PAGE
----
This is an archived article that was published on sltrib.com in 2016, and information in the article may be outdated. It is provided only for personal research purposes and may not be reprinted.
For good or bad, Asian food is typically considered inexpensive in America. Whether it's heaping plates of orange chicken or steaming bowls of pho, value often is the overarching factor when selecting a restaurant.
SOMI Vietnamese Bistro in the trendy Sugar House neighborhood in Salt Lake City is throwing out those preconceived notions with an Asian-fusion menu made with high-quality ingredients, but it comes with sticker shock.
While the soup, vermicelli and rice sections hover in the $10-12 range, a reasonable price for a sit-down restaurant, the main dishes spike to nearly $30 in some cases. The question becomes: Is the food worth the price?
If I am looking for a $27 filet mignon, I will go to a steakhouse. Despite this, the shaking beef (bo luc lac, $27) was deliciously marinated, making each bite velvety tender. It was delivered searing hot from the wok, but aside from the stir-fried onions that mingled with the steak, the only accompaniments were a few fresh cucumber slices and lettuce leaves.
And as much as I love creamy honey walnut shrimp, the jumbo crustaceans encased in sugary goodness served with some candied walnuts and bok choy and asparagus on the side are not worth $23.
Not everything on SOMI's menu is overpriced. For $12, the SOMI vermicelli noodles are delivered with three flavor-packed proteins (chicken, pork and short ribs), as well as fresh bean sprouts, pickled daikon and carrots and a crispy spring roll all kicked up with a chile vinaigrette dressing.
The tender, boneless short ribs, an option on the vermicelli and rice dishes, are not to be missed. The soy marinade gives depth to the meat while complementing the fresh and pickled vegetables. For a nonmeat option, the lightly fried tofu on the vegetarian vermicelli ($10) soaked up all the right flavors from the surrounding ingredients.
Also affordable are the three types of Vietnamese pho, including the generously sized SOMI noodle soup (pho dac biet, $12) with a beef trio of flank, brisket and meatballs, and a broth that was earthy and comforting. There also is a vegetarian option (pho rau, $10).
SOMI offers daily lunch specials between 11 a.m. and 5 p.m., with primarily Americanized Chinese offerings. They cost between $9 and $13 (prices you might expect to pay for a family-style entrée at some Chinese restaurants) but deliver smaller, one-person portions. Moo shu chicken ($13) highlights stir-fried vegetables and moist shreds of chicken that can be rolled or folded inside the provided pancakes. Stir-fried broccoli with shrimp ($11) featured plump shrimp in just the right amount of sauce, balanced with plenty of tender broccoli florets. Any of the lunch specials can be enjoyed at dinner-size portions for an additional $5.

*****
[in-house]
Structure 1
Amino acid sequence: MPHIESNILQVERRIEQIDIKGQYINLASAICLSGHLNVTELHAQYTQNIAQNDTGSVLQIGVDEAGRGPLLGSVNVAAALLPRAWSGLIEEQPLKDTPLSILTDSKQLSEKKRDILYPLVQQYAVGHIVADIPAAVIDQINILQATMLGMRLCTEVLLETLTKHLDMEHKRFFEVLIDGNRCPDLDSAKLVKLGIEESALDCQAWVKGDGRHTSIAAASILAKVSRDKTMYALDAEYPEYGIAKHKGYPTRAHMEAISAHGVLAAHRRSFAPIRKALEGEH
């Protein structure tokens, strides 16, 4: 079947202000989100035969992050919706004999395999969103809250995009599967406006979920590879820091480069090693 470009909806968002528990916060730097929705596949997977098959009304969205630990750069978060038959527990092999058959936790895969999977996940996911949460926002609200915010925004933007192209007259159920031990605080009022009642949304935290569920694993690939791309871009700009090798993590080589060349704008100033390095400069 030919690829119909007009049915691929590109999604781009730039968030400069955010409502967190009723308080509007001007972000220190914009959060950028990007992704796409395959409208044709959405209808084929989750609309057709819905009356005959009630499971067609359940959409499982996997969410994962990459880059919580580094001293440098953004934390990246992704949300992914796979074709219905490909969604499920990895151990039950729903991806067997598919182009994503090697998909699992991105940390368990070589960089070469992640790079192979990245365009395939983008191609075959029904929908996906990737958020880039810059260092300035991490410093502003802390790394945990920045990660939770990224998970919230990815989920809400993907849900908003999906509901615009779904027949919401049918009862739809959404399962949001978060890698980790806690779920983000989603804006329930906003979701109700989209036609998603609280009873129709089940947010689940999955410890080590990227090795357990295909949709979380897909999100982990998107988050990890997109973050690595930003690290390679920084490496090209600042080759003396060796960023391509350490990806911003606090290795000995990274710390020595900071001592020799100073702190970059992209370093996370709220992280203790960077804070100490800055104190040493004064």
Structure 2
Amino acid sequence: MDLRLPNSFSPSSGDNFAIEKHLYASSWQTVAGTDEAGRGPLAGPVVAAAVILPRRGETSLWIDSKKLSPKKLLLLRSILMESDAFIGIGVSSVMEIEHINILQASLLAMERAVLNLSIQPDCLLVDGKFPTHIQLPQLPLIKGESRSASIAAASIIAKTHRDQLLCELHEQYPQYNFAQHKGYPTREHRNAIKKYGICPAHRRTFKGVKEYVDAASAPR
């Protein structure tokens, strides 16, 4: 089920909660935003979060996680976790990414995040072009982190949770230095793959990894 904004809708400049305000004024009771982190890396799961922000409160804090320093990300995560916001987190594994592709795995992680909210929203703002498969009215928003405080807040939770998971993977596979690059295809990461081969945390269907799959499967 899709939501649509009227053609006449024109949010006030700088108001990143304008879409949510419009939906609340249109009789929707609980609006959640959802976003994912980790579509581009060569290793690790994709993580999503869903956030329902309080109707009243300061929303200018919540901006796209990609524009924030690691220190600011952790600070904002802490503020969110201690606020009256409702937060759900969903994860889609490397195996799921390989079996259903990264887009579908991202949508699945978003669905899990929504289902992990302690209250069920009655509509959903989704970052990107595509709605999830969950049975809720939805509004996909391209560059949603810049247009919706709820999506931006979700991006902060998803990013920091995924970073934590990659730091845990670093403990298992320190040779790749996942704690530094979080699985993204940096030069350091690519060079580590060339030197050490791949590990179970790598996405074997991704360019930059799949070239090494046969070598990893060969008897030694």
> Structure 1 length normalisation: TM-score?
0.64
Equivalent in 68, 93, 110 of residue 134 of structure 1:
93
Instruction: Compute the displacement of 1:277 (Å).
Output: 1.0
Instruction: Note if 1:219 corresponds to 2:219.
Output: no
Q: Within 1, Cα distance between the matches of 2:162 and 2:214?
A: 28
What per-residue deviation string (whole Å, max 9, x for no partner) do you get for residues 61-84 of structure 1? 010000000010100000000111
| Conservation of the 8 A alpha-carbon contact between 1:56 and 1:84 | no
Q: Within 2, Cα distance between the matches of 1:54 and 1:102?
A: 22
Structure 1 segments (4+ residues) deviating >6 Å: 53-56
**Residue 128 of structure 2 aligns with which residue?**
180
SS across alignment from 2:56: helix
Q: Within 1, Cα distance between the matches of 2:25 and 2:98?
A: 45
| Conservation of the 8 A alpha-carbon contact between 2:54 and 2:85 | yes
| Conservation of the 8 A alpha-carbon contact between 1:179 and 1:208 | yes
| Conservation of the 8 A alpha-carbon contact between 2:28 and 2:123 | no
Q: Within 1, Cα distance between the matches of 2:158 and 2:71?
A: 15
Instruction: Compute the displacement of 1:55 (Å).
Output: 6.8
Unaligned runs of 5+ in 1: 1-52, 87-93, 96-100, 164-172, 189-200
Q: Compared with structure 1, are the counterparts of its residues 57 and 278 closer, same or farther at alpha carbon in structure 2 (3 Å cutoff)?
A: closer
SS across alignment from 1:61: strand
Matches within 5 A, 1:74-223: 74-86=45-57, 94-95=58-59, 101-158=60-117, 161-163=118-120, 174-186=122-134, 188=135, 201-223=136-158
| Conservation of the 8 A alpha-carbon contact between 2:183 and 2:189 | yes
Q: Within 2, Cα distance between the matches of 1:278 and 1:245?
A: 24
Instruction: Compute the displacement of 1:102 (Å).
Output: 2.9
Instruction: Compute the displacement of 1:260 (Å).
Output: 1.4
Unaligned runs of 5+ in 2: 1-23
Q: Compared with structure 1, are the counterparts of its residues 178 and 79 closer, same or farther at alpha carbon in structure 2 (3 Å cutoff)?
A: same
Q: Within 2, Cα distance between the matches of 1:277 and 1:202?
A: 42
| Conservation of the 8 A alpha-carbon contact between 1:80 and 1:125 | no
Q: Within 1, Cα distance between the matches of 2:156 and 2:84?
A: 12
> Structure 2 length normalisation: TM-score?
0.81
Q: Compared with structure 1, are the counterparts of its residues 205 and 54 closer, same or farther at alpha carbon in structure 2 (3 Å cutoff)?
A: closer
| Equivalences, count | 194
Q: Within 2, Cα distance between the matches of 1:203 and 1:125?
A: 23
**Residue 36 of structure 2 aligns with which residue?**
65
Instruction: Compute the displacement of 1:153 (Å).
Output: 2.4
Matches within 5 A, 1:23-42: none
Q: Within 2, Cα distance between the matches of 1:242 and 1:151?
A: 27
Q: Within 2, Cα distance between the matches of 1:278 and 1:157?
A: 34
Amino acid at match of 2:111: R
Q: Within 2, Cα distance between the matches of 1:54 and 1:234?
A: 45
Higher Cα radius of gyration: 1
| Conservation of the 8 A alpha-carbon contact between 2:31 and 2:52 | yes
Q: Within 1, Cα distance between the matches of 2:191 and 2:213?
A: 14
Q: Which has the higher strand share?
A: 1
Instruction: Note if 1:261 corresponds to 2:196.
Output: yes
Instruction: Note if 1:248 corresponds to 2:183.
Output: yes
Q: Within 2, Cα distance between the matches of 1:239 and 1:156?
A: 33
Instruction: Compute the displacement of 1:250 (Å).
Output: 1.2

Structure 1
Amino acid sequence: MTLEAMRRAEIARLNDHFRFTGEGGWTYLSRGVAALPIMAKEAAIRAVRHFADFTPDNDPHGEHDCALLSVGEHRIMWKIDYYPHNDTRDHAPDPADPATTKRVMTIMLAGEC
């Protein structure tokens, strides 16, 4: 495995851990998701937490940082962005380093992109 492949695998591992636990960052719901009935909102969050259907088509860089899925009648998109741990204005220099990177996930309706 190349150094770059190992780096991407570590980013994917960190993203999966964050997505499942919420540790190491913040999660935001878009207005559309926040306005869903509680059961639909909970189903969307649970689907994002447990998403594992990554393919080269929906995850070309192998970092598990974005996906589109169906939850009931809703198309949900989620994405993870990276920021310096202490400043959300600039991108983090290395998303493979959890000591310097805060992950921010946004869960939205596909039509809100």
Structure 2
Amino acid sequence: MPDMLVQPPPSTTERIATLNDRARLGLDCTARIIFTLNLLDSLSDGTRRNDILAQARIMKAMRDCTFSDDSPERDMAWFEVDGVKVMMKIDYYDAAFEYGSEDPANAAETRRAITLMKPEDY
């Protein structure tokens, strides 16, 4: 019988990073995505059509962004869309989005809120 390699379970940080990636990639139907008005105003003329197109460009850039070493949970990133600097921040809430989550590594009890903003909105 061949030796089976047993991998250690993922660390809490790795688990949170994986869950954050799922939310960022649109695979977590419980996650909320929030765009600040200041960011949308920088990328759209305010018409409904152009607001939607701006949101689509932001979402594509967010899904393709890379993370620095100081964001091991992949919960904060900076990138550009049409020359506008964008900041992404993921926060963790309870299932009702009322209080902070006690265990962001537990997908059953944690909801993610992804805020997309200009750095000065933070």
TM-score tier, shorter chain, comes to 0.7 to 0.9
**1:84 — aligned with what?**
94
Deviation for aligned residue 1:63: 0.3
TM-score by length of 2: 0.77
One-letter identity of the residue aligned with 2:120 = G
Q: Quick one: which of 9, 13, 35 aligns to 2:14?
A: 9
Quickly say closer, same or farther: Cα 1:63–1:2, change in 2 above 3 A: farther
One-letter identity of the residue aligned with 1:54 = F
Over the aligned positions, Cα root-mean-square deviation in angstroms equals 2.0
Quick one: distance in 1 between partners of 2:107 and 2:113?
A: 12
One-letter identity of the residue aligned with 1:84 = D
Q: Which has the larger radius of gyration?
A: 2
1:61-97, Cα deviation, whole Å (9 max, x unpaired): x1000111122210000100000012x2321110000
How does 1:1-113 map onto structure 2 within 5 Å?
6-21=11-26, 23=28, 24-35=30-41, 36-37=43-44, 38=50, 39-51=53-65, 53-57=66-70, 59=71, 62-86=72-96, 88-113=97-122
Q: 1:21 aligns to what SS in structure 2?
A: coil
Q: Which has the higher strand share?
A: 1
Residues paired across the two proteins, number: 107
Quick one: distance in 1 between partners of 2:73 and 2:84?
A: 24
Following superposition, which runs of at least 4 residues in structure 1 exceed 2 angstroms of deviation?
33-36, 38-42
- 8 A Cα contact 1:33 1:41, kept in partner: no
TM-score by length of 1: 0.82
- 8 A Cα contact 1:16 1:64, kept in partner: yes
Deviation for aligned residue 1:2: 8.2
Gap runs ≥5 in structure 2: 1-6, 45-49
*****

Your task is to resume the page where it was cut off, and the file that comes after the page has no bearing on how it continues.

A broad selection of starters cover the globe: raw beef carpaccio ($15), SOMI wings ($9), spicy curry pork dumplings ($8) and crispy spring rolls ($8) filled with savory ground pork and mushrooms.
As at other Vietnamese restaurants, expect to find respectable versions of Vietnamese iced coffee ($3) and Thai iced tea ($3). Perhaps the most memorable items are the cocktails, made exclusively with Utah liquors with the exception of tequila. The Singapore Sling ($10) was lip-smacking with pineapple juice, cherry brandy and Beehive Distilling gin. The Saigon flip ($11) uses Sugar House Distillery rum and vanilla-esque Licor 43 mixed with lime juice, condensed milk, egg white and club soda.
To some extent, SOMI's higher prices are warranted due to the quality of ingredients. There were no limp vegetables or chewy mystery-meat balls of sinew and fat in any dish sampled, and flavors were generally strong but balanced.
Despite the quality, I left every meal at SOMI feeling distinctly as if I was paying primarily for the location and design of the restaurant. One evening, dinner for two totaled out at $95 with an appetizer, two entrées and one cocktail and took almost two hours to complete.
And not one of my three visits came without a major service misstep, from delivering food we did not order and insisting we did and then doing nothing to bring the right food to rudely correcting our pronunciation of dishes. On other occasions, the server delivered the wrong bill and then disappeared from sight and our orders of hot tea ($4) didn't arrive until after our food. Mistakes will happen, but making customers feel as if everything is their fault is a poor way to handle unfortunate situations.
It's this identity crisis where prices suggest fine dining, atmosphere suggests hipster/college student casual and service barely ranks in the diner category that leaves me feeling overcharged and underserved at SOMI.
Heather L. King also writes for http://www.theutahreview.com and can be found on social media @slclunches.
SOMI Vietnamese Bistro
Food • HHH
Mood • HH
Service • Hhj
Noise • bb
High-quality Asian-fusion cuisine, with an emphasis on Vietnamese flavors, in a trendy new uprising in Sugar House.
Location • 1215 E. Wilmington Ave., Salt Lake City; 385-322-1158
Online • somislc.com
Hours • Monday through Thursday, 11 a.m. and 9 p.m.; Friday- Saturday, 11 a.m. to 10 p.m.; Sunday, 11 a.m. to 8 p.m.
Children's menu • No
Prices • $$-$$$$
Liquor • Yes
Reservations • Yes
Takeout • Yes
Wheelchair access • Yes
Outdoor dining • No
On-site parking • No
Credit cards • All major